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Called to Community

The Life Jesus Wants for His People

Søren Kierkegaard, Jonathan Wilson-Hartgrove, Mother Teresa, et al.

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Geisteswissenschaften, Kunst, Musik / Religion/Theologie


Fifty-two readings on living in intentional Christian community to spark group discussion.

Gold Medal Winner, 2017 Illumination Book Awards, Christian Living
Silver Medal Winner, 2017 Benjamin Franklin Award in Religion, Independent Book Publishers Association

Why, in an age of connectivity, are our lives more isolated and fragmented than ever? And what can be done about it? The answer lies in the hands of God’s people. Increasingly, today’s Christians want to be the church, to follow Christ together in daily life. From every corner of society, they are daring to step away from the status quo and respond to Christ’s call to share their lives more fully with one another and with others. As they take the plunge, they are discovering the rich, meaningful life that Jesus has in mind for all people, and pointing the church back to its original calling: to be a gathered, united community that demonstrates the transforming love of God.

Of course, such a life together with others isn’t easy. The selections in this volume are, by and large, written by practitioners—people who have pioneered life in intentional community and have discovered in the nitty-gritty of daily life what it takes to establish, nurture, and sustain a Christian community over the long haul.

Whether you have just begun thinking about communal living, are already embarking on sharing life with others, or have been part of a community for many years, the pieces in this collection will encourage, challenge, and strengthen you. The book’s fifty-two chapters can be read one a week to ignite meaningful group discussion.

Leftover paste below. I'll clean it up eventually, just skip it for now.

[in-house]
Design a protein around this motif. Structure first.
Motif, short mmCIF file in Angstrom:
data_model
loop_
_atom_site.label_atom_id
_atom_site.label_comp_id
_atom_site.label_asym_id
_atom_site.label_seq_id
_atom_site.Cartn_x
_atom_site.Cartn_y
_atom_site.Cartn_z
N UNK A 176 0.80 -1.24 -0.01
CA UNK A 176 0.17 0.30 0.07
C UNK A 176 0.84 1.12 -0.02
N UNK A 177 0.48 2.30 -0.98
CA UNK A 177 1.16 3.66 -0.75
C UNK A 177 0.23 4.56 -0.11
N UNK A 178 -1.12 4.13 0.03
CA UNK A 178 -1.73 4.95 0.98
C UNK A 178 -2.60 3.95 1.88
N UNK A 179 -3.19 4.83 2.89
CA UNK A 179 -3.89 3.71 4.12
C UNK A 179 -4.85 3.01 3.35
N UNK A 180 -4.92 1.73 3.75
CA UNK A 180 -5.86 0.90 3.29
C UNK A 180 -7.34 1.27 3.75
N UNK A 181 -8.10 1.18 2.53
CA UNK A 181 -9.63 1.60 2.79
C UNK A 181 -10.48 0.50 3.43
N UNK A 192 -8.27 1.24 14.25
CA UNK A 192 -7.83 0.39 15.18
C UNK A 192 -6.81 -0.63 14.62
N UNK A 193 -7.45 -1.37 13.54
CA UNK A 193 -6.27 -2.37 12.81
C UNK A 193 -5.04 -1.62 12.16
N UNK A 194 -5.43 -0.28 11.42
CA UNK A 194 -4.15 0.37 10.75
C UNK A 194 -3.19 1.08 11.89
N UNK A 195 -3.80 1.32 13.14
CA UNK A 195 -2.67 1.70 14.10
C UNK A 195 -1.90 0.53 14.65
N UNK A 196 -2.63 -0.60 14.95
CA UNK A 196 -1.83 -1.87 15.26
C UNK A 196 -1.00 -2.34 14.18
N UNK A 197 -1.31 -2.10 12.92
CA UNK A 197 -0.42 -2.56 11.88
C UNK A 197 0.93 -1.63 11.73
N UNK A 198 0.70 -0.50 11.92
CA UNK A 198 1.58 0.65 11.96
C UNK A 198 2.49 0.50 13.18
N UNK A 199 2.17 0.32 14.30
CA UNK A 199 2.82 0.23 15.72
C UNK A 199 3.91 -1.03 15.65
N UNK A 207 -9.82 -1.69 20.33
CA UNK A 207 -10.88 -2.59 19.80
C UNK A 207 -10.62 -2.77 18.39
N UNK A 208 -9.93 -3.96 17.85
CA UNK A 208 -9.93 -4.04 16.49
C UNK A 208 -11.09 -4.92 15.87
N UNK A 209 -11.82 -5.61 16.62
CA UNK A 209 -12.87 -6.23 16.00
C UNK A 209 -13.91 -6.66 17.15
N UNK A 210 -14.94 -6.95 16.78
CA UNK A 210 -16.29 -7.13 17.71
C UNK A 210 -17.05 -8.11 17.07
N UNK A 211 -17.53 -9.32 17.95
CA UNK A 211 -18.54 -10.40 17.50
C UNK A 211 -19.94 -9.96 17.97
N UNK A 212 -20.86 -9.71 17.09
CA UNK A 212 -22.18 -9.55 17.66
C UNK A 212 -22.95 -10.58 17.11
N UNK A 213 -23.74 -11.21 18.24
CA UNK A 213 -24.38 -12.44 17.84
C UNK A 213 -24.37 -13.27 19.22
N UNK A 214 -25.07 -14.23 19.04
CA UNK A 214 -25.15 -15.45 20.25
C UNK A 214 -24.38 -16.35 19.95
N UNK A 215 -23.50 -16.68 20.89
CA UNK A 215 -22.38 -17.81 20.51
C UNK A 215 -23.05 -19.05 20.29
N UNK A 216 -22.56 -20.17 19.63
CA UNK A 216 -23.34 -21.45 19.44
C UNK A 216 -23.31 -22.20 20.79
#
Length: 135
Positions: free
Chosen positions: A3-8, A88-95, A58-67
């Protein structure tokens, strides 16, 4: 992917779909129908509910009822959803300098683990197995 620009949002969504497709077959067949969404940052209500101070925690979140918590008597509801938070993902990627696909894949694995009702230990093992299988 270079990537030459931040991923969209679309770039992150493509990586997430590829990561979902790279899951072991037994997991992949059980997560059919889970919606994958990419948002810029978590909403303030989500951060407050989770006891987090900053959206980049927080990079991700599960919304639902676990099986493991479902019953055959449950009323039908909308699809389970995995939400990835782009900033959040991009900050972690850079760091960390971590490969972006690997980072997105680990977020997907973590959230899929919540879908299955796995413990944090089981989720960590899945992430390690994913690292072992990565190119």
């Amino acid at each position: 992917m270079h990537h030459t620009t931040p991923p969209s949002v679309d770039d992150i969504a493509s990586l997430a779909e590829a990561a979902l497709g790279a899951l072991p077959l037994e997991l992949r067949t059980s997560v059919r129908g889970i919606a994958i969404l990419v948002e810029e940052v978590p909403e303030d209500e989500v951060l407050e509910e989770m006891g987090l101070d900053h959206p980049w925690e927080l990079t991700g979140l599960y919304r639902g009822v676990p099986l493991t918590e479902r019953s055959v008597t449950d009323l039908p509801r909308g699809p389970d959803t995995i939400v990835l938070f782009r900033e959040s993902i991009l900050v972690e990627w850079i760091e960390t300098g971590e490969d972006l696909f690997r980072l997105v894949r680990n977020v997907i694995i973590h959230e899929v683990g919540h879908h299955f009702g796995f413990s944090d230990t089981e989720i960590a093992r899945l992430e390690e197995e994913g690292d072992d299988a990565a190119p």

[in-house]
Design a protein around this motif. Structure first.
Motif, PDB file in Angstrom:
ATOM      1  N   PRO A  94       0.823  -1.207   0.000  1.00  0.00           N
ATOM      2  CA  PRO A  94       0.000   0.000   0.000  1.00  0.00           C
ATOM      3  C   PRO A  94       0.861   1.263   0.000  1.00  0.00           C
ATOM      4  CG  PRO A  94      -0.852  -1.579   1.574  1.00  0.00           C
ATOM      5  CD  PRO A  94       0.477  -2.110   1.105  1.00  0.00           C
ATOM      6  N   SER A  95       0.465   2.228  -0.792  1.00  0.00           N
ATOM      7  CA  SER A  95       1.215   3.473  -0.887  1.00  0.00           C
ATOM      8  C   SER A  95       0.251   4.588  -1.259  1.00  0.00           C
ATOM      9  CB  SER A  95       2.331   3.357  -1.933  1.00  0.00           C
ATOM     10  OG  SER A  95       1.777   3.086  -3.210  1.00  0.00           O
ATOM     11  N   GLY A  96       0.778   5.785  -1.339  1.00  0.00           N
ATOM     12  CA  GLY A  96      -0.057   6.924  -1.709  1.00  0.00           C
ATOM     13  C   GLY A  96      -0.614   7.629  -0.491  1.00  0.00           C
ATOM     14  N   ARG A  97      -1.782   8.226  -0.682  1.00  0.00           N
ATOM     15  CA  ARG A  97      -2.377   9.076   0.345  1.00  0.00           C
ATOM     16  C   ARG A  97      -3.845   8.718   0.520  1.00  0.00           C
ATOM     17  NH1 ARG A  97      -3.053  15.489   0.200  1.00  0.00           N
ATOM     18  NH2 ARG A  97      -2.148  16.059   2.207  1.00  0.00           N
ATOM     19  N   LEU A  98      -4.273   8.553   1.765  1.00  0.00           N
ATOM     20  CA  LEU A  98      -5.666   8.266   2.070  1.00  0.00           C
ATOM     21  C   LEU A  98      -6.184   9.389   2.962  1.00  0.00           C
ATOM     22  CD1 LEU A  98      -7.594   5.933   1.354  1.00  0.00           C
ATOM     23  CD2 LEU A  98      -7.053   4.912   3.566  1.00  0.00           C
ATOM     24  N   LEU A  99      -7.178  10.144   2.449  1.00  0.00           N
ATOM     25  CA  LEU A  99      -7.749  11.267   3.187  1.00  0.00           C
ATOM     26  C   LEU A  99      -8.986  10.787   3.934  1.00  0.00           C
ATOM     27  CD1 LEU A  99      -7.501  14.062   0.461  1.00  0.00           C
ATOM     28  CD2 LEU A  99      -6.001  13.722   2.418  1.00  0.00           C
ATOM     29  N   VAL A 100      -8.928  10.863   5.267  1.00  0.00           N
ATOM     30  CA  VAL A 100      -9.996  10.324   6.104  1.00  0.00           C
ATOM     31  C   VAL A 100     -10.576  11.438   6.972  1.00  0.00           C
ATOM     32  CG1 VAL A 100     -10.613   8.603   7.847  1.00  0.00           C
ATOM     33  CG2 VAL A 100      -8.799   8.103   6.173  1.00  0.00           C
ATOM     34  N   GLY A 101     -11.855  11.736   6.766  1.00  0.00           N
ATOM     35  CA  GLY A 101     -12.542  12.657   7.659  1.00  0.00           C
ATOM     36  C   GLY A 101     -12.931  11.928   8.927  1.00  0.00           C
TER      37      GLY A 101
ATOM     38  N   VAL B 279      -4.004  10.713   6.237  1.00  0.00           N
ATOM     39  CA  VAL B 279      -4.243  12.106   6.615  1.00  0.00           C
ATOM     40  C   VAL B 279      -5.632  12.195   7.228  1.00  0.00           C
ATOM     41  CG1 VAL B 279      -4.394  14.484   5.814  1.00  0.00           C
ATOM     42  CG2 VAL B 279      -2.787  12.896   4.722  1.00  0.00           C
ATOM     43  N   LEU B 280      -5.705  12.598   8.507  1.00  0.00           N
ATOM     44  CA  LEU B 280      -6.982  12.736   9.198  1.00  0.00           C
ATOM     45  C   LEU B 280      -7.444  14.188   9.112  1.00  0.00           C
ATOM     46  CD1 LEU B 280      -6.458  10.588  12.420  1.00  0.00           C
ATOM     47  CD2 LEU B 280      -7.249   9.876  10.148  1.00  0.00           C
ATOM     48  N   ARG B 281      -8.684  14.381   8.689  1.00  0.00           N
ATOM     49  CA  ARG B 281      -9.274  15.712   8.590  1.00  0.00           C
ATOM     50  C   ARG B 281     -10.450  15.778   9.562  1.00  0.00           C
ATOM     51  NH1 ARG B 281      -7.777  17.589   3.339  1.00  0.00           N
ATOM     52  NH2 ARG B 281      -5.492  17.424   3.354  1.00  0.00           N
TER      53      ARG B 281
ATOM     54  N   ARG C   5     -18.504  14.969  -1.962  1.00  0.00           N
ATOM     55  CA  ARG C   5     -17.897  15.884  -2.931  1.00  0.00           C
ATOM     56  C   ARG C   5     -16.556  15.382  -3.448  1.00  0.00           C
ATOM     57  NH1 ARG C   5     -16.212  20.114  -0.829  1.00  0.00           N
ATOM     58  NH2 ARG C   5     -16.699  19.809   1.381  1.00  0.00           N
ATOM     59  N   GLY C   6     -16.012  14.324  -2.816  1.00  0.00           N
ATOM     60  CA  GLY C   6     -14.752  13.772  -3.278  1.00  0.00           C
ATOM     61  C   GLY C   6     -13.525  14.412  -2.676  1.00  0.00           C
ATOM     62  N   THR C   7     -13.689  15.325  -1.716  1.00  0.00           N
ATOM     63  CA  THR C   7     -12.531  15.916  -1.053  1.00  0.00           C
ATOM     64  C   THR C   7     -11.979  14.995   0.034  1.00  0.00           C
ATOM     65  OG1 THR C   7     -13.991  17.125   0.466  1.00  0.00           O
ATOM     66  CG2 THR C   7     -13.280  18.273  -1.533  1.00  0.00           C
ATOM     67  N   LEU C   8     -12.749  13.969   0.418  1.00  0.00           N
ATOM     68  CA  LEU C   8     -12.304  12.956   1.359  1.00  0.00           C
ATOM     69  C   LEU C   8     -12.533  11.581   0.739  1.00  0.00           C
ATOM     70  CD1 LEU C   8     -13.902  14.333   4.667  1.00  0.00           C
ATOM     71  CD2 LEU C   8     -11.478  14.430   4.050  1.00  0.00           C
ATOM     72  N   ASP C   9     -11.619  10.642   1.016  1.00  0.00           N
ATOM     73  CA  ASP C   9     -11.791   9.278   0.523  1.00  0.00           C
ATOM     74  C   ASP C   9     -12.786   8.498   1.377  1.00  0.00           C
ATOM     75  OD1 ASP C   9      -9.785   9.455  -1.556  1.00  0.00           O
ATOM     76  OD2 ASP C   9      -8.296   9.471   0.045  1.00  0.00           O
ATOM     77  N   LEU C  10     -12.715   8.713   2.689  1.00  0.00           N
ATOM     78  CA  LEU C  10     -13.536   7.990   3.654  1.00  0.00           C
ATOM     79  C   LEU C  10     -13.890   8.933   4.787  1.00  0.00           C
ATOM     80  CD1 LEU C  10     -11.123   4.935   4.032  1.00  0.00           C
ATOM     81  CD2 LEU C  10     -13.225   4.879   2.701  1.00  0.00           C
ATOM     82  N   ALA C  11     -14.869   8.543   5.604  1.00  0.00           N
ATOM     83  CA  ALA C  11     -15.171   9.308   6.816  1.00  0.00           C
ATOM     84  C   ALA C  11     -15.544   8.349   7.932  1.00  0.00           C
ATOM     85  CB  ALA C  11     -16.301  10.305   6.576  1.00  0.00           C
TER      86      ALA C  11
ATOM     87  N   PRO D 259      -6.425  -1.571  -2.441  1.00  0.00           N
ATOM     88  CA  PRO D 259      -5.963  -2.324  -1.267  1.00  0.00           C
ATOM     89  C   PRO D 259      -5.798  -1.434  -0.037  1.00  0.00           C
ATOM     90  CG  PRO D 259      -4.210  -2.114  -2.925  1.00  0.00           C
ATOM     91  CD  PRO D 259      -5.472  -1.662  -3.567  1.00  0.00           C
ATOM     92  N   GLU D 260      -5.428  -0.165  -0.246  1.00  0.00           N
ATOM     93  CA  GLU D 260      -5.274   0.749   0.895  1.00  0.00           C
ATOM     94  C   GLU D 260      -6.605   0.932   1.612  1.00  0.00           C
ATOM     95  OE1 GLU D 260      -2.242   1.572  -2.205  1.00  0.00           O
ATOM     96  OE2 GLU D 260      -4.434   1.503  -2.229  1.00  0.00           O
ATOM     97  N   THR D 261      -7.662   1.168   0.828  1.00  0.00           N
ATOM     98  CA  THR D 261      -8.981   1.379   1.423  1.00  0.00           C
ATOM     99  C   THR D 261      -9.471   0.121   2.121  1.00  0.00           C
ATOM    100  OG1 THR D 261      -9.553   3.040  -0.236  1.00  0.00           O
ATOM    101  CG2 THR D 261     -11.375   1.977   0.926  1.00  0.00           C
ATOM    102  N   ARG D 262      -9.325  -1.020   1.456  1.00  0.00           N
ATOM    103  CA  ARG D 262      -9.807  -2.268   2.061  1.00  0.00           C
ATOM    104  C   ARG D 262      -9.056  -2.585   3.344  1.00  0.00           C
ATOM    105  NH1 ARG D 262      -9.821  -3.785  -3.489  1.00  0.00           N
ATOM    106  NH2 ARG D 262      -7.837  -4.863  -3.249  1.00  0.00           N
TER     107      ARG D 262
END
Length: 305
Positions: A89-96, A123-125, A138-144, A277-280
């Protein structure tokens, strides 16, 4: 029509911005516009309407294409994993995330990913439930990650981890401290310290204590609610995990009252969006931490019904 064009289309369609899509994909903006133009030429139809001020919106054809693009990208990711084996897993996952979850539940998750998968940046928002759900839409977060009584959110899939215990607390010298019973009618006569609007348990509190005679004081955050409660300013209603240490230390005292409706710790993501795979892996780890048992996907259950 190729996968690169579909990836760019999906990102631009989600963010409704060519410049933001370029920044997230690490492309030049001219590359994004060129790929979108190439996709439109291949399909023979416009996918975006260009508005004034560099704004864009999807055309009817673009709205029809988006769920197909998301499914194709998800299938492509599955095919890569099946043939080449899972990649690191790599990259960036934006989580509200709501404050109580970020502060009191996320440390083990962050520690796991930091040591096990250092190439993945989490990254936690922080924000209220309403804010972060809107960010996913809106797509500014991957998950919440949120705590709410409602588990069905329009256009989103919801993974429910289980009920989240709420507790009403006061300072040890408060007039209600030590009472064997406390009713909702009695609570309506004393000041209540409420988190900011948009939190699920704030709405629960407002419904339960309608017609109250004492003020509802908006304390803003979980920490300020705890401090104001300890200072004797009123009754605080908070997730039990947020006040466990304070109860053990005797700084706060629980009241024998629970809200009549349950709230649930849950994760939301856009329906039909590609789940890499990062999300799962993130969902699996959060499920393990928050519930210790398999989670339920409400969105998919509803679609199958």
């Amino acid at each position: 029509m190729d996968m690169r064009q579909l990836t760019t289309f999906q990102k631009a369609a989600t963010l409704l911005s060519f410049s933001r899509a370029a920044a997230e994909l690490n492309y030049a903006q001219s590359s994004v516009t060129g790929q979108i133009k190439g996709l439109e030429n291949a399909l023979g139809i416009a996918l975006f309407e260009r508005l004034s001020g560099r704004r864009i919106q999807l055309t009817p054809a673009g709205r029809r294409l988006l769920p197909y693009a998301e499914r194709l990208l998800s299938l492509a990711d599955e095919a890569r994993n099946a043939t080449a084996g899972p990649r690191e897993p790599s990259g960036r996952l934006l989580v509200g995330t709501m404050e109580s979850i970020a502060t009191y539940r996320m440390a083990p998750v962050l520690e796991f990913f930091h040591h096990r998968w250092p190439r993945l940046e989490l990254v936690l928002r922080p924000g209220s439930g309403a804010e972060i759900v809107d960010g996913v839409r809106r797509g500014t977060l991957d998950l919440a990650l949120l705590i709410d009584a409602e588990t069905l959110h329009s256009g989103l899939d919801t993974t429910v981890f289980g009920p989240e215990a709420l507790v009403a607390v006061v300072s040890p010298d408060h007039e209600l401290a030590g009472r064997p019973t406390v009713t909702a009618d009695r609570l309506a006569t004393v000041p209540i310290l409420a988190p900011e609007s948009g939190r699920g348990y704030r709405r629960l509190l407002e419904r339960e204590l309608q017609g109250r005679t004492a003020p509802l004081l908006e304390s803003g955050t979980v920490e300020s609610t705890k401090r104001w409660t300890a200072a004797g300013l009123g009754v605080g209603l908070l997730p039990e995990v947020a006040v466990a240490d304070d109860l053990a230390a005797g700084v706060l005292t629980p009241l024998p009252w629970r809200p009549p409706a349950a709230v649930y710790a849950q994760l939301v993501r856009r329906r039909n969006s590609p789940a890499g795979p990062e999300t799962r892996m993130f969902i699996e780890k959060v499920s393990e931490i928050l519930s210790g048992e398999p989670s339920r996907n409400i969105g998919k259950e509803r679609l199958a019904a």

Contributors include from John F. Alexander, Eberhard Arnold, J. Heinrich Arnold, Johann Christoph Arnold, Alden Bass, Benedict of Nursia, Christoph Friedrich Blumhardt, Leonardo Boff, Dietrich Bonhoeffer, Joan Chittister, Stephen B. Clark, Andy Crouch, Dorothy Day, Anthony de Mello, Elizabeth Dede, Catherine de Hueck Doherty, Fyodor Dostoyevsky, Jenny Duckworth, Friedrich Foerster, Richard J. Foster, Jodi Garbison, Arthur G. Gish, Helmut Gollwitzer, Adele J Gonzalez, Stanley Hauerwas, Joseph H. Hellerman, Roy Hession, David Janzen, Rufus Jones, Emmanuel Katongole, Arthur Katz, Søren Kierkegaard, C. Norman Kraus, C.S. Lewis, Gerhard Lohfink, Ed Loring, Chiara Lubich, George MacDonald, Thomas Merton, Hal Miller, José P. Miranda, Jürgen Moltmann, Charles E. Moore, Henri J. M. Nouwen, Elizabeth O’Connor, John M. Perkins, Eugene H.Peterson, Christine D. Pohl, Chris Rice, Basilea Schlink, Howard A. Snyder, Mother Teresa, Thomas à Kempis, Elton Trueblood, and Jonathan Wilson-Hartgrove.

Weitere Titel von diesem Autor
Søren Kierkegaard
Søren Kierkegaard
Søren Kierkegaard
Søren Kierkegaard
Søren Kierkegaard



Jacques Ellul, shared life, Chiara Lubich, Jean Vanier, acceptance, what is community, Mother Teresa, Charles E. Moore, isolation, welcoming, John M. Perkins, sharing possessions, new monasticism, Roy Hession, forming community, George MacDonald, intentional Christian community, Eberhard Arnold, celebration, Andy Crouch, Emmanuel Katongole, Richard J. Foster, boundaries, Pentecost, common table, leadership, Christian communism, community life, solitude, Jose Miranda, obstacles, communion, community development, sharing money, brotherhood, living in community, Gerhard Lohfink, Catherine de Heuck Doherty, idealism, Henri J. M. Nouwen, Christine D. Pohl, communal living, Ed Loring, discipline, Søren Kierkegaard, David Janzen, Arthur G. Gish, Rule of Saint Benedict, overcoming differences, C. S. Lewis, J. Heinrich Arnold, Johann Christoph Arnold, forgiveness, building community, transparency, Dietrich Bonhoeffer, church community, Eugene H. Peterson, Dorothy Day, vocation, intentional community, Fyodor Dostoevsky, John F. Alexander, submission, Jonathan Wilson-Hartgrove, Howard A. Snyder, Thomas Merton, hospitality, life together, Christoph Blumhardt, Joan Chittister, Helmut Gollwitzer, conflict resolution